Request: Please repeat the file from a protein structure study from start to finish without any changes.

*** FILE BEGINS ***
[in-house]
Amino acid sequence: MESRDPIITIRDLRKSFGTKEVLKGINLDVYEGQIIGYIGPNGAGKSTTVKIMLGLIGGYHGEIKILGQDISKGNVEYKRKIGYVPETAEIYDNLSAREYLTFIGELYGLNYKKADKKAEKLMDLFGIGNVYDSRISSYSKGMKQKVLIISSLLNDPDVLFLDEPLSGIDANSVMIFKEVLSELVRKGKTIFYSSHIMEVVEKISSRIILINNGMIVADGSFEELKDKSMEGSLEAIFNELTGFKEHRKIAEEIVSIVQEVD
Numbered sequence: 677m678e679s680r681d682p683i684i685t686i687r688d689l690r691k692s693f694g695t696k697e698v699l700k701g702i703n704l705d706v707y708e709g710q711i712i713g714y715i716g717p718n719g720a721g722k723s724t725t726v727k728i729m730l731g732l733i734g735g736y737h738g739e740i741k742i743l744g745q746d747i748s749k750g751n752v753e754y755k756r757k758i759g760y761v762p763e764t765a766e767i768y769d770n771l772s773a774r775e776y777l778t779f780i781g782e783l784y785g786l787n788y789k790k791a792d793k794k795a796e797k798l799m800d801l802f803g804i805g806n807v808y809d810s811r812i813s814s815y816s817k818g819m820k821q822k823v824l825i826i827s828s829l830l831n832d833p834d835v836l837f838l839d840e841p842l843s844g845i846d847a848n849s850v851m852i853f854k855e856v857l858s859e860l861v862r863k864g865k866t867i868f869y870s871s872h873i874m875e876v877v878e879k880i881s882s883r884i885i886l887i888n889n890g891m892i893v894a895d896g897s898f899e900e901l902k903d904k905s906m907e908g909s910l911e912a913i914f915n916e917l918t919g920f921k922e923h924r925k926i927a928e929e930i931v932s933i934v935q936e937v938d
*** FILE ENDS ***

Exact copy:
[in-house]
Amino acid sequence: MESRDPIITIRDLRKSFGTKEVLKGINLDVYEGQIIGYIGPNGAGKSTTVKIMLGLIGGYHGEIKILGQDISKGNVEYKRKIGYVPETAEIYDNLSAREYLTFIGELYGLNYKKADKKAEKLMDLFGIGNVYDSRISSYSKGMKQKVLIISSLLNDPDVLFLDEPLSGIDANSVMIFKEVLSELVRKGKTIFYSSHIMEVVEKISSRIILINNGMIVADGSFEELKDKSMEGSLEAIFNELTGFKEHRKIAEEIVSIVQEVD
Numbered sequence: 677m678e679s680r681d682p683i684i685t686i687r688d689l690r691k692s693f694g695t696k697e698v699l700k701g702i703n704l705d706v707y708e709g710q711i712i713g714y715i716g717p718n719g720a721g722k723s724t725t726v727k728i729m730l731g732l733i734g735g736y737h738g739e740i741k742i743l744g745q746d747i748s749k750g751n752v753e754y755k756r757k758i759g760y761v762p763e764t765a766e767i768y769d770n771l772s773a774r775e776y777l778t779f780i781g782e783l784y785g786l787n788y789k790k791a792d793k794k795a796e797k798l799m800d801l802f803g804i805g806n807v808y809d810s811r812i813s814s815y816s817k818g819m820k821q822k823v824l825i826i827s828s829l830l831n832d833p834d835v836l837f838l839d840e841p842l843s844g845i846d847a848n849s850v851m852i853f854k855e856v857l858s859e860l861v862r863k864g865k866t867i868f869y870s871s872h873i874m875e876v877v878e879k880i881s882s883r884i885i886l887i888n889n890g891m892i893v894a895d896g897s898f899e900e901l902k903d904k905s906m907e908g909s910l911e912a913i914f915n916e917l918t919g920f921k922e923h924r925k926i927a928e929e930i931v932s933i934v935q936e937v938d